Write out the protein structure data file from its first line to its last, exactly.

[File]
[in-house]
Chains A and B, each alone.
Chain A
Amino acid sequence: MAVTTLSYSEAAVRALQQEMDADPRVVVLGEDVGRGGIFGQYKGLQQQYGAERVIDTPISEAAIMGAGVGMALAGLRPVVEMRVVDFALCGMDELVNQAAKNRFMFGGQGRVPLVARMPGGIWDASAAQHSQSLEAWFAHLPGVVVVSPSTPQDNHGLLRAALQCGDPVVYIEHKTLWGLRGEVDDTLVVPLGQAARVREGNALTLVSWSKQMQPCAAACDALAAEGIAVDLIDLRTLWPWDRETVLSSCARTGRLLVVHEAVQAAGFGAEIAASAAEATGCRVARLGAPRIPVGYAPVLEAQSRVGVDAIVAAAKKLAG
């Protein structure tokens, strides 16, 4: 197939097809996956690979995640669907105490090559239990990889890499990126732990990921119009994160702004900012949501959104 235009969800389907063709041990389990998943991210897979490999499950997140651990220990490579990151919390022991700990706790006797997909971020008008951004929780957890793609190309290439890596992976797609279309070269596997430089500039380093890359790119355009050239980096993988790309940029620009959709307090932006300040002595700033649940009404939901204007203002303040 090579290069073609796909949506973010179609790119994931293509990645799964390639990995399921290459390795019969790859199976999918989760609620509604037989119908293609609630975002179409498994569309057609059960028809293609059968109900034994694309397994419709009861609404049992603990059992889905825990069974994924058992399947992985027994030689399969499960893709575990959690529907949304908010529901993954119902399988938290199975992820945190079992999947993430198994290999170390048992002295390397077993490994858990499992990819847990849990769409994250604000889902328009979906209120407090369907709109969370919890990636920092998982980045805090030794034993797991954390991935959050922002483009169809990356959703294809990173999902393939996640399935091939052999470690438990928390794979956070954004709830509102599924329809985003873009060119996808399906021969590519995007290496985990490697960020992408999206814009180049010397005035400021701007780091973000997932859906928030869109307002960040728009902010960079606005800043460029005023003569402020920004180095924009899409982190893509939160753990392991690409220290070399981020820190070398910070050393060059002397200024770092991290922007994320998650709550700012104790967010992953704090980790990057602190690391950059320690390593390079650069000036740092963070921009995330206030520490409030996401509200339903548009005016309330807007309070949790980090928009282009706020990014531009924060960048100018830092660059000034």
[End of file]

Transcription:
[in-house]
Chains A and B, each alone.
Chain A
Amino acid sequence: MAVTTLSYSEAAVRALQQEMDADPRVVVLGEDVGRGGIFGQYKGLQQQYGAERVIDTPISEAAIMGAGVGMALAGLRPVVEMRVVDFALCGMDELVNQAAKNRFMFGGQGRVPLVARMPGGIWDASAAQHSQSLEAWFAHLPGVVVVSPSTPQDNHGLLRAALQCGDPVVYIEHKTLWGLRGEVDDTLVVPLGQAARVREGNALTLVSWSKQMQPCAAACDALAAEGIAVDLIDLRTLWPWDRETVLSSCARTGRLLVVHEAVQAAGFGAEIAASAAEATGCRVARLGAPRIPVGYAPVLEAQSRVGVDAIVAAAKKLAG
């Protein structure tokens, strides 16, 4: 197939097809996956690979995640669907105490090559239990990889890499990126732990990921119009994160702004900012949501959104 235009969800389907063709041990389990998943991210897979490999499950997140651990220990490579990151919390022991700990706790006797997909971020008008951004929780957890793609190309290439890596992976797609279309070269596997430089500039380093890359790119355009050239980096993988790309940029620009959709307090932006300040002595700033649940009404939901204007203002303040 090579290069073609796909949506973010179609790119994931293509990645799964390639990995399921290459390795019969790859199976999918989760609620509604037989119908293609609630975002179409498994569309057609059960028809293609059968109900034994694309397994419709009861609404049992603990059992889905825990069974994924058992399947992985027994030689399969499960893709575990959690529907949304908010529901993954119902399988938290199975992820945190079992999947993430198994290999170390048992002295390397077993490994858990499992990819847990849990769409994250604000889902328009979906209120407090369907709109969370919890990636920092998982980045805090030794034993797991954390991935959050922002483009169809990356959703294809990173999902393939996640399935091939052999470690438990928390794979956070954004709830509102599924329809985003873009060119996808399906021969590519995007290496985990490697960020992408999206814009180049010397005035400021701007780091973000997932859906928030869109307002960040728009902010960079606005800043460029005023003569402020920004180095924009899409982190893509939160753990392991690409220290070399981020820190070398910070050393060059002397200024770092991290922007994320998650709550700012104790967010992953704090980790990057602190690391950059320690390593390079650069000036740092963070921009995330206030520490409030996401509200339903548009005016309330807007309070949790980090928009282009706020990014531009924060960048100018830092660059000034």